Electropharmacologic characteristics of ventricular proarrhythmia induced by ibutilide

Yi Jen Chen, Ming Hsiung Hsieh, Chuen Wang Chiou, Shih Ann Chen

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26 Citations (Scopus)

Abstract

The purpose of this study was to evaluate in vivo the proarrhythmic effects of ibutilide in dogs with or without ventricular hypertrophy. Fourteen dogs received repeated experiments both during the acute and chronic phases (8 weeks, with ventricular hypertrophy) of complete atrioventricular (AV) block. Twelve-lead ECG, monophasic action potentials in the left and right ventricle were recorded before and after each dose of ibutilide (0.01- 0.08 mg/kg) during different ventricular rates. In these dogs, ibutilide increased QT interval, biventricular APD90, interventricular ΔAPD90 (difference between the left and right ventricular APD90), and QT dispersion, and induced early after depolarizations in a dose-dependent manner. The interventricular AAPD90, QT dispersion, and increases of QT interval were more pronounced during slower ventricular rates. There were greater QT interval, biventricular APD90, interventricular ΔAPD90, and QT dispersion values during chronic AV block than during acute AV block. Moreover, ibutilide can induce higher incidences of early afterdepolarizations and torsades de pointes [six (43%) of 14 versus 0 of 14; p <0.05] during chronic AV block than during acute AV block. In conclusion, ibutilide can prolong ventricular repolarization and increase dispersion of ventricular repolarization in a dose-dependent and reverse rate-dependent manner. The high incidence of torsades de pointes in the dogs during chronic AV block suggests the importance of ventricular hypertrophy in the occurrence of ibutilide-induced proarrhythmia.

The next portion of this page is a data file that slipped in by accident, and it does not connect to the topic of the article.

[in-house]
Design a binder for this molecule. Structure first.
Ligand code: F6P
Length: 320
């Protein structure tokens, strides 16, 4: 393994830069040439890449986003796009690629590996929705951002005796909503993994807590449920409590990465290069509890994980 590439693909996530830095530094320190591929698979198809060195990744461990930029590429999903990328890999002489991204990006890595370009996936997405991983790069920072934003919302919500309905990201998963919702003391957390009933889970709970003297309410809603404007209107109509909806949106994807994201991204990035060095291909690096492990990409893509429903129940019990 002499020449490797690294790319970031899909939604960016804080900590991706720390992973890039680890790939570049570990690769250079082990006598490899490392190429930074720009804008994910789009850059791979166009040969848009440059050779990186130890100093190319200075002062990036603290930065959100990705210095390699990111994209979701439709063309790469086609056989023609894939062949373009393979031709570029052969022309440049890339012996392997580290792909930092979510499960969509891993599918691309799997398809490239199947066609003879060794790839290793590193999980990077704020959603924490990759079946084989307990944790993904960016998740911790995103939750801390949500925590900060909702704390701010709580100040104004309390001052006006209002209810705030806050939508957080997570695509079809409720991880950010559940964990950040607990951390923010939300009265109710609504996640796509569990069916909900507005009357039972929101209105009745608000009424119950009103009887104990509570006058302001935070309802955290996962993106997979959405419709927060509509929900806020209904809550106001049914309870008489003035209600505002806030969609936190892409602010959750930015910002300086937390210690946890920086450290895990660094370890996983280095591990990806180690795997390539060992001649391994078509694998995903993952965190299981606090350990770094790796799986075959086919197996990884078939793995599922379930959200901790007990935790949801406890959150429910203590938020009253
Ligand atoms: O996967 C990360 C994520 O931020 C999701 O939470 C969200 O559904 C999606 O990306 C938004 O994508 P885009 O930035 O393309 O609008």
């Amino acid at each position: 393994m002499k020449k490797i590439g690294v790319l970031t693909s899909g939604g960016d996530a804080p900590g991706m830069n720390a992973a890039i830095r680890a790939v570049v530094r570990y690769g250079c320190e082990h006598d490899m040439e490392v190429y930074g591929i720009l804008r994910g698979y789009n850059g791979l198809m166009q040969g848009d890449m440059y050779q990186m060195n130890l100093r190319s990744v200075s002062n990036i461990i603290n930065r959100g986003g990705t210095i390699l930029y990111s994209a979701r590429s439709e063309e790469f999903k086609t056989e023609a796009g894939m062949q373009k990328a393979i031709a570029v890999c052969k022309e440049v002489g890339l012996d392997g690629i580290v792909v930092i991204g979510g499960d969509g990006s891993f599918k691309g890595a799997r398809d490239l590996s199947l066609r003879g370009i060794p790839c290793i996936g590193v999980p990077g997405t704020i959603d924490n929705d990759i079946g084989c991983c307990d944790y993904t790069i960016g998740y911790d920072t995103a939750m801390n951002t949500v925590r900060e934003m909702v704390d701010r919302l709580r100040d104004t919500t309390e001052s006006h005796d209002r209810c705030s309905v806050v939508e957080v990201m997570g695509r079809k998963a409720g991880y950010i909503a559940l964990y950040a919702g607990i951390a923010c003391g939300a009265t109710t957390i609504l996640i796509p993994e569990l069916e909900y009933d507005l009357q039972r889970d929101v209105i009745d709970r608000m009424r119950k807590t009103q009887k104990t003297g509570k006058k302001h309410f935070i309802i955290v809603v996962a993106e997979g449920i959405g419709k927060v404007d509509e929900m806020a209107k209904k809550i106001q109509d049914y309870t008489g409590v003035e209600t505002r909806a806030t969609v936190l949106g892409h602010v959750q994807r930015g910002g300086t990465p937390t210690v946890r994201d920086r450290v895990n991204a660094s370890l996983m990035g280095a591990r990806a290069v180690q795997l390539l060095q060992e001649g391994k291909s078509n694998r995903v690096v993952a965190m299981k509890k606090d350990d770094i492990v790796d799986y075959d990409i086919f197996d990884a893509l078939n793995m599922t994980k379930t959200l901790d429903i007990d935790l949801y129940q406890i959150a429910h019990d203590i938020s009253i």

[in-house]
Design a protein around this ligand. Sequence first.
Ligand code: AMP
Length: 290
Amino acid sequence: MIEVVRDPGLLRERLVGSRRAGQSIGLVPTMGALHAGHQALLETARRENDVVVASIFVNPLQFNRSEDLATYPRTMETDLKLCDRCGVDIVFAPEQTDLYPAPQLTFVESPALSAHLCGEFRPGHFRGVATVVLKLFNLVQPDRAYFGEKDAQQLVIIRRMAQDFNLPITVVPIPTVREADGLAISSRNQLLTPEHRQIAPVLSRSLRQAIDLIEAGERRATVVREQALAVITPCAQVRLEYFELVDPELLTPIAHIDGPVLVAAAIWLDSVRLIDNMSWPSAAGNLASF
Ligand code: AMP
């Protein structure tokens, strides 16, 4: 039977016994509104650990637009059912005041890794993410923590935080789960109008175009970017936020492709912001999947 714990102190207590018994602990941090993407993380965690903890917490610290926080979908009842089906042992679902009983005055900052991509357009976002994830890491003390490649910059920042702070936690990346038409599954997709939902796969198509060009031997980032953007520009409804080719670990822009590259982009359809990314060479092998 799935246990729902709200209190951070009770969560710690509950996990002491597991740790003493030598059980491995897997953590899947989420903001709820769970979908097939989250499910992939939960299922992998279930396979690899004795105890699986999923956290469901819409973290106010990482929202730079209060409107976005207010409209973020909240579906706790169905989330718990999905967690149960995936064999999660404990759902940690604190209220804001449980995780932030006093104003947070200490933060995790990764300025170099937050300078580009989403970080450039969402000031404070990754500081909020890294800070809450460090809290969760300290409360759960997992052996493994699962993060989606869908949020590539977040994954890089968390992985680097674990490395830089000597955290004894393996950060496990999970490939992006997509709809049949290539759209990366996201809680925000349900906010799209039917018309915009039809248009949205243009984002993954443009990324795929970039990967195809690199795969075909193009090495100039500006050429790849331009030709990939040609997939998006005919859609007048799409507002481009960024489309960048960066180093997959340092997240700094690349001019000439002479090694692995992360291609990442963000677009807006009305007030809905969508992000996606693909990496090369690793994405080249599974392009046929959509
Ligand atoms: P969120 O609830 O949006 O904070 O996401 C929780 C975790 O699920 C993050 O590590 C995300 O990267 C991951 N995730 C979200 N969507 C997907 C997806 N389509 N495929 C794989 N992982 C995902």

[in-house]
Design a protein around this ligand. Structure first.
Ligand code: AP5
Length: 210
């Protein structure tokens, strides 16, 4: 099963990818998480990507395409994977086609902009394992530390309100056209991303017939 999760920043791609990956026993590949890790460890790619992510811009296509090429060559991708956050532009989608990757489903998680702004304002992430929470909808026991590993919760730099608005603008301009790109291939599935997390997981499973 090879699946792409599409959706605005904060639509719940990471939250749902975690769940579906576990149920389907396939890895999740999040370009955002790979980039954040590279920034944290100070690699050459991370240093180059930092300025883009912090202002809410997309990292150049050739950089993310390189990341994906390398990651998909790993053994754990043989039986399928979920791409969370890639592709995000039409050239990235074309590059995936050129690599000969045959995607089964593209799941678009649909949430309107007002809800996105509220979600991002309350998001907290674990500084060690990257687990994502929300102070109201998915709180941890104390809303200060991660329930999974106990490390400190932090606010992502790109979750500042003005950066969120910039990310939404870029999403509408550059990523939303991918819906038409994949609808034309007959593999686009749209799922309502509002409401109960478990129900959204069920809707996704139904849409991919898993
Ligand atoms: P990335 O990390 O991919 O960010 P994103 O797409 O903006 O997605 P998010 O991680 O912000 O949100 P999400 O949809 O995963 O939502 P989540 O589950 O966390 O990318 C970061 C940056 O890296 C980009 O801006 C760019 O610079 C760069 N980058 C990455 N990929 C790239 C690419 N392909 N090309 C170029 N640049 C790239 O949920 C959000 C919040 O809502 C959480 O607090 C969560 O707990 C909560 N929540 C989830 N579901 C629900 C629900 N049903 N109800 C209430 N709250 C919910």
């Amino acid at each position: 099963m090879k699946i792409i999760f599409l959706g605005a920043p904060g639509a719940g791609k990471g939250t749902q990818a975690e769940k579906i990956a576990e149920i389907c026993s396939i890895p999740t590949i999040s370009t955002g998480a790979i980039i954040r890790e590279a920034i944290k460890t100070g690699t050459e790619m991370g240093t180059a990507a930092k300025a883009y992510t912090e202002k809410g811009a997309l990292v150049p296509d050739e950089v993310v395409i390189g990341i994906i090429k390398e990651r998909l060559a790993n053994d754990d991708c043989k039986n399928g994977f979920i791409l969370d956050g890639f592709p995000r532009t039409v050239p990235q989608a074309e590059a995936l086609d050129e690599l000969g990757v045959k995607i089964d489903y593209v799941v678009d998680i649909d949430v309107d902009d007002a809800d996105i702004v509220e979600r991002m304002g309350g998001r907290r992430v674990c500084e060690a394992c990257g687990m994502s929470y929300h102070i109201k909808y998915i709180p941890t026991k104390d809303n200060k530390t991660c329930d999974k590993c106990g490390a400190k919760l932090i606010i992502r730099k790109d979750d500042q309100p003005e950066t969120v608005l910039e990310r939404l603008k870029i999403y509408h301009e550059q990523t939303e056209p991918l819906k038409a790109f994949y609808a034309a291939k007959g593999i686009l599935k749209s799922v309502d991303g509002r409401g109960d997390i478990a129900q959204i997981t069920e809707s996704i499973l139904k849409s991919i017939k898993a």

Original languageEnglish
Pages (from-to)237-247
Number of pages11
JournalJournal of Cardiovascular Pharmacology
Volume34
Issue number2
DOIs
Publication statusPublished - Aug 1999

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Keywords

  • Ibutilide
  • Long-QT syndrome
  • Reverse rate dependent

ASJC Scopus subject areas

  • Pharmacology
  • Cardiology and Cardiovascular Medicine

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